Based on Mitch Cullin’s A Slight Trick of the Mind, the title of this adaptation suggests its immediate desire for respectability.
After all Mr. Holmes was part financed by BBC Films and stars no less august a figure than Sir Ian McKellen. Reuniting him with Gods and Monsters director Bill Condon, this film, like their former collaboration, is a study of memory and fading brilliance, though altogether more genteel without the shadow of sexual desire.
As with his portrayal of the urbane but tormented James Whale — real-life director of the original Frankenstein — McKellen turns in a career-equaling performance. Few actors quite provides the same sense of interiority, the inner doubts peeking out between the shutters. As the ninety-three year old Sherlock, doddery and decrepit, McKellen’s default expression here is either lemon-faced or slack-jawed; when he smiles it’s like the sun breaking through the clouds.
Sequestered in a remote farmhouse in Sussex — fields running down to chalk cliffs — his sole passions are beekeeping and trying to ward off senility through infusions of Royal Jelly and Japanese prickly ash. His only visitors are the postman and a concerned doctor (the original Javert, Roger Allam himself, in a tiny role) who warns about the dangers of hope: Holmes’ apiary is under attack by a mysterious pestilence and his memory is rapidly deserting him.
His only company comes in the form of his housekeeper Mrs. Munro (an as-ever remarkable Laura Linney) and her son, Thomas (the quietly fascinating Milo Parker). Thomas is a cruelly perspicacious lad who dreams of more than a life of servitude, but his mother is rightfully concerned about his attachment to her ailing employer. The boy’s interest in him spurs Holmes on in what seems likely to be his last investigation, into his last case some thirty years before.
With his memory having fled, Holmes’ only remaining evidence is a photo of a woman with reproachful eyes (an understatedly yearning Hattie Morahan) and a fictionalized account written by his friend and chronicler Watson. Set in three time periods — Sussex circa 1947, Edwardian Era London, and a recent trip to Japan — Jeffrey Hatcher’s screenplay shifts associatively between them as Holmes struggles to piece together his recollections.
With his memory having fled, Holmes’ only remaining evidence is a photo of a woman with reproachful eyes (an understatedly yearning Hattie Morahan) and a fictionalised account written by his friend and chronicler Watson. Set in three time periods — Sussex circa 1947, Edwardian Era London, and a recent trip to Japan — Jeffrey Hatcher’s screenplay shifts associatively between them as Holmes struggles to piece together his recollections.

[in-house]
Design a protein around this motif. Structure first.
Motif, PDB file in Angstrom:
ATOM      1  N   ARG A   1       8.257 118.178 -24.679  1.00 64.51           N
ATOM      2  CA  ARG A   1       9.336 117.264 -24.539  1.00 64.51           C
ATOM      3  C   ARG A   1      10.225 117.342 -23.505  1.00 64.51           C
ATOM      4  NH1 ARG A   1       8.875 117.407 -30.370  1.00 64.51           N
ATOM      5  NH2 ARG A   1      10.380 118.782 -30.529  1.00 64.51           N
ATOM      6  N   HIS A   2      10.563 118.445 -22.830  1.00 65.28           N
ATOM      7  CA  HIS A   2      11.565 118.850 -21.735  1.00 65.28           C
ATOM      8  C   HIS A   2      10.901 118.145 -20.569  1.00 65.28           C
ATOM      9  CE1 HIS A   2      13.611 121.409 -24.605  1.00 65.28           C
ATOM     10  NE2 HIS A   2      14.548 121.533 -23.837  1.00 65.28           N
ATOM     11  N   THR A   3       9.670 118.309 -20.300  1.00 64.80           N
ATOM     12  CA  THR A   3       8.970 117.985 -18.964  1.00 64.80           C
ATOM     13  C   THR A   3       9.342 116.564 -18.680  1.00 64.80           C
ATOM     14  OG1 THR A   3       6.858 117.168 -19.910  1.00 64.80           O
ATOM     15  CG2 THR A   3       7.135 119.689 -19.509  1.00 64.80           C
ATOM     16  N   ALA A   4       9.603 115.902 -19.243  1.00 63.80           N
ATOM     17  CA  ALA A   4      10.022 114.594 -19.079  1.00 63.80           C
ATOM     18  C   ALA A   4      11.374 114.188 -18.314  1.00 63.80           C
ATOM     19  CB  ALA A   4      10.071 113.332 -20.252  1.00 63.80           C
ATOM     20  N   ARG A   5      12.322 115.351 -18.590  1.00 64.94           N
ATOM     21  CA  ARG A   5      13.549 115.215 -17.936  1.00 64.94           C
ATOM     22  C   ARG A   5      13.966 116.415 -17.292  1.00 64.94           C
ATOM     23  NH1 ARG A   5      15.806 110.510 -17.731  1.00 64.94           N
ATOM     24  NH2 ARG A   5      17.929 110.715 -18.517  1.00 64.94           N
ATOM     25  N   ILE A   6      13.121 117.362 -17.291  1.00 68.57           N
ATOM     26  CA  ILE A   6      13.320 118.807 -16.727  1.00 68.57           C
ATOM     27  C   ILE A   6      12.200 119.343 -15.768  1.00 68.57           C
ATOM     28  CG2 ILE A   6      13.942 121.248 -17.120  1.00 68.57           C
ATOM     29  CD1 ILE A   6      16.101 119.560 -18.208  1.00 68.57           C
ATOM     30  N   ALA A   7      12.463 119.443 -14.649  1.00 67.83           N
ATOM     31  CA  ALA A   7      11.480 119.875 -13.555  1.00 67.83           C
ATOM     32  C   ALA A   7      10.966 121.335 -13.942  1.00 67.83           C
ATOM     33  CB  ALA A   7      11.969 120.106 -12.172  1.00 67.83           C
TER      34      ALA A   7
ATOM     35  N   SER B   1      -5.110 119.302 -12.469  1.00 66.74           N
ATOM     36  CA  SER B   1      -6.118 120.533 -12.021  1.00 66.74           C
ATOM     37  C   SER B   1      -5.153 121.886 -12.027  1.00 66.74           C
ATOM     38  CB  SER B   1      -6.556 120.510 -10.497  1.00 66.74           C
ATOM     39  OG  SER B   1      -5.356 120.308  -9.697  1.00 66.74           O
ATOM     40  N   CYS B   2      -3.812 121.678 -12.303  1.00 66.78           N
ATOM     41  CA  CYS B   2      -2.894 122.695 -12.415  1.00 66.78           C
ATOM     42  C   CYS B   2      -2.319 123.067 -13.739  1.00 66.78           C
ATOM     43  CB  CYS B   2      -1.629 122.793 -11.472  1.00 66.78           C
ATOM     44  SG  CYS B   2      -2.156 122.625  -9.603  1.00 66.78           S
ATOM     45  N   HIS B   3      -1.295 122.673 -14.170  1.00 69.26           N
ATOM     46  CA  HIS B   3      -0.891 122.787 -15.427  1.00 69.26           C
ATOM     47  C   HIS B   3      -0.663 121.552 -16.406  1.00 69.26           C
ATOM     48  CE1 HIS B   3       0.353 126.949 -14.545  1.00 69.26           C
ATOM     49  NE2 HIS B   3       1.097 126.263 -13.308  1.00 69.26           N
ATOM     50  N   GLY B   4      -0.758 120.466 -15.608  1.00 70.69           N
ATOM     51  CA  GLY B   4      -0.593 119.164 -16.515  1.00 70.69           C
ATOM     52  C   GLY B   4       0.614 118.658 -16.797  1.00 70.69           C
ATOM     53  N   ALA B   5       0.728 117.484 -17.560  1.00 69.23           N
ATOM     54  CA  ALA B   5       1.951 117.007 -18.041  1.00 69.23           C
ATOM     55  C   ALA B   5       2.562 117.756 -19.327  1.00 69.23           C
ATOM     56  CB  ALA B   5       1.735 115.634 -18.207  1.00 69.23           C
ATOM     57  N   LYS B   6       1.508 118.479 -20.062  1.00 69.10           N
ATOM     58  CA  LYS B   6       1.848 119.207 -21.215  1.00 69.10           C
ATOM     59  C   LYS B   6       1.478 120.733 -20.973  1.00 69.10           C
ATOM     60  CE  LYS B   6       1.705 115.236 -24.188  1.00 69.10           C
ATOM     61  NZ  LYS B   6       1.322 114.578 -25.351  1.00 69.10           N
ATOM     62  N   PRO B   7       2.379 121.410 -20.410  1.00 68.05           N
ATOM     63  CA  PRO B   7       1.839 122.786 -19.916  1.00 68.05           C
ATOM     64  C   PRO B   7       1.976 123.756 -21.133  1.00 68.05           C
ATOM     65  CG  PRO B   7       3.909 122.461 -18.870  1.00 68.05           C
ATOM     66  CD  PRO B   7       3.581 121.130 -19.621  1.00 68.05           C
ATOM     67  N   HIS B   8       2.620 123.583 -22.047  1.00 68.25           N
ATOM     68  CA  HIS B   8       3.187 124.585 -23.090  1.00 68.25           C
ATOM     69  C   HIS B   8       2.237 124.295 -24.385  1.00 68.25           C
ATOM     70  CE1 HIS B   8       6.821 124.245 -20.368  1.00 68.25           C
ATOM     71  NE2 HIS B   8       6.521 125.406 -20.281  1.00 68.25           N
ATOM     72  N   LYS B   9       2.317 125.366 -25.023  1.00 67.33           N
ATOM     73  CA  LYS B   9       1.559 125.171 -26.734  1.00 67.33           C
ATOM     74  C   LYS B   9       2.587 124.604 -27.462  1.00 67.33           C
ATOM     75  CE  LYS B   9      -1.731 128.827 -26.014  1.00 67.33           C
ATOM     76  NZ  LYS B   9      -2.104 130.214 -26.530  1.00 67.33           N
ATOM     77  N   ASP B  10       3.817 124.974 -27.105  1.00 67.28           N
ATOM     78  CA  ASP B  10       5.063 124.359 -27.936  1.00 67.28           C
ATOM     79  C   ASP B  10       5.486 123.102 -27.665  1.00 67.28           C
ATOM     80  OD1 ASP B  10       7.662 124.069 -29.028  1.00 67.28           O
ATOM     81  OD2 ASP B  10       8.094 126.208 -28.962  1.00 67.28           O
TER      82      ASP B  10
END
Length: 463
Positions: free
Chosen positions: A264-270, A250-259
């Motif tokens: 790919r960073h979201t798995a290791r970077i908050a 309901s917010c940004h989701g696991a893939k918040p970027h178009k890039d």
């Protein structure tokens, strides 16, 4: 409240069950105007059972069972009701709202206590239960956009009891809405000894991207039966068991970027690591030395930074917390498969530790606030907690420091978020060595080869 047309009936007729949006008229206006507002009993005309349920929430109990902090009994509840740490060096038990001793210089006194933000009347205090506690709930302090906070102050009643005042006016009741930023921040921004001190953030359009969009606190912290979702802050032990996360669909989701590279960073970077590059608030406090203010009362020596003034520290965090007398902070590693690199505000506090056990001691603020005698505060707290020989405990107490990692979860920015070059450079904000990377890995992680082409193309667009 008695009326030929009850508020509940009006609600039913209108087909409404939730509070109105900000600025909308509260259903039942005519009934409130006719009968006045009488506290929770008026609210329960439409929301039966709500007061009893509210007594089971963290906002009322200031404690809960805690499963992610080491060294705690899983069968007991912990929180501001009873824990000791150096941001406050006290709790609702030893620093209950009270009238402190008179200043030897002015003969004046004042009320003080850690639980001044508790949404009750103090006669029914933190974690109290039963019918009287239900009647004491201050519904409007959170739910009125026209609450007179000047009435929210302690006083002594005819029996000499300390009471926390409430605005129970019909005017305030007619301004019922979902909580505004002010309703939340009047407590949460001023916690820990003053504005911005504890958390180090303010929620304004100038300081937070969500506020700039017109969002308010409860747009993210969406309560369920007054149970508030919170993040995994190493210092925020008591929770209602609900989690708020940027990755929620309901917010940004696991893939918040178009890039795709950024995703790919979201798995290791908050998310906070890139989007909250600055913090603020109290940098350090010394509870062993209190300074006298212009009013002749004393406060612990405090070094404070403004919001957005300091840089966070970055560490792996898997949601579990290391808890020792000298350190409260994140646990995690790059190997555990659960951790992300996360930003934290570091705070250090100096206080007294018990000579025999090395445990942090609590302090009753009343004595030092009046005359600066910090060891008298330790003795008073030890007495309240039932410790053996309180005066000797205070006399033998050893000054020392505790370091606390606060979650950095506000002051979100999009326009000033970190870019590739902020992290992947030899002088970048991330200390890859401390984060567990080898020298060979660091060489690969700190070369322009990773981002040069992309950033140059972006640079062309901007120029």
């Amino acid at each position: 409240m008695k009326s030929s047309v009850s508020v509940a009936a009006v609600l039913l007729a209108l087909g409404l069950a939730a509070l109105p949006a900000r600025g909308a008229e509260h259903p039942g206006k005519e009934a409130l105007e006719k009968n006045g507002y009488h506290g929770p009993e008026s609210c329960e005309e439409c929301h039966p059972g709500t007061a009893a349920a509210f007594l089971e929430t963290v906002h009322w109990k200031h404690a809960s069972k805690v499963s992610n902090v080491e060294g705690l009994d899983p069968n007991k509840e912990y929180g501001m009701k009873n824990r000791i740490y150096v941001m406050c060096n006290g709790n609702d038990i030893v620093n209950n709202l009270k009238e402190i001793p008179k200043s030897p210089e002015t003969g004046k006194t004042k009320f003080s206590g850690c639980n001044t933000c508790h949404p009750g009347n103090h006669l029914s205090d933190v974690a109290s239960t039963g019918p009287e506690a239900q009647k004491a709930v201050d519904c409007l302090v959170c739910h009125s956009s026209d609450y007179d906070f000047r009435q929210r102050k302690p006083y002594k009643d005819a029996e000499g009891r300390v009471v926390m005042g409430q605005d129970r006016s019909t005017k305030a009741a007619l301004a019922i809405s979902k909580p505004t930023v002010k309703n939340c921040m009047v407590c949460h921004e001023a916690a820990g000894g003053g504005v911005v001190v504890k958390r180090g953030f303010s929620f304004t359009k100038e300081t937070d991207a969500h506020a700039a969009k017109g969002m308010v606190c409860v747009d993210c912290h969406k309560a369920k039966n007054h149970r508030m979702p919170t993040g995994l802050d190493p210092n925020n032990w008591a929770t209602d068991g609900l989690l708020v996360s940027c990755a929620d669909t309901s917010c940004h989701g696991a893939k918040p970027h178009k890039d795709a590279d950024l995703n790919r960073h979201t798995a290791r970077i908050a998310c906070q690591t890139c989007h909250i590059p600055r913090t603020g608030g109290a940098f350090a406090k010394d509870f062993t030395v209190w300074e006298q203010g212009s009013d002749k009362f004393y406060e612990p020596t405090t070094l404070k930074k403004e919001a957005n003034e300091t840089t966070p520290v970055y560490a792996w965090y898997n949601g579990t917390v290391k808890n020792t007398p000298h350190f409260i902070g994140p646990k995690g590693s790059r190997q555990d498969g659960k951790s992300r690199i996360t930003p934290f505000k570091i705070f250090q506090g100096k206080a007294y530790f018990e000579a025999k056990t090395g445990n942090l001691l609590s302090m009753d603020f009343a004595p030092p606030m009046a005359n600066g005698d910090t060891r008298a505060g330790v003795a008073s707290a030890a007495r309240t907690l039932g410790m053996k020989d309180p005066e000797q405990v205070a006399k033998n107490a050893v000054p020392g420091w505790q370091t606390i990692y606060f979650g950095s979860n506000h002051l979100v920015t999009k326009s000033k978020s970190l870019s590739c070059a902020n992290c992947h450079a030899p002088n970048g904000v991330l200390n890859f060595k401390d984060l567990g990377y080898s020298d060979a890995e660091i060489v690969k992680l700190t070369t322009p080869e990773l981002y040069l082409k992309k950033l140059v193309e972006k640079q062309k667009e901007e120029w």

Underlying it all is the myth of Holmes himself: there’s the bohemian harmonium teacher (an impeccably hammy Francis de la Tour) who acknowledges only the arch matinee idol of the big screen (played in cameo by Young Sherlock himself, Nicholas Rowe), the mother of Holmes’ Japanese host (a sadly unmemorable Hiroyuki Sanada) who questions his lack of deerstalker. It’s a myth that Holmes himself is well aware of: when bruised he wryly refers to the Hound of the Baskervilles.
The whole film is suffused with loss: Mrs. Munro’s absent husband, the long-dead Watson seen only in soft focus or in part. This Holmes is a man who has spent his life valuing logic over emotion and is now been forced to reassess. Apart from the occasional half-hearted display of his gift, “the thing”, he’s quite unlike any version of the character we’ve seen on film or TV — apart, perhaps, from a certain Mitchell & Webb sketch.
Even so, this take is maybe a touch too agreeable: though slightly sharp, McKellen Holmes’ is far more the kindly old buffer than Benedict Cumberbatch or Robert Downey, Jr.’s incarnation is ever likely to become. In every element of its construction — Tobias A. Schliessler summery cinematography, Carter Burwell’s lilting score — this is classic Sunday afternoon viewing.
Condon’s film is suitably slight, given the original title. More meditative than investigative, Mr. Holmes is hardly essential viewing — despite McKellen’s performance — but is, nevertheless, a more than respectable offering.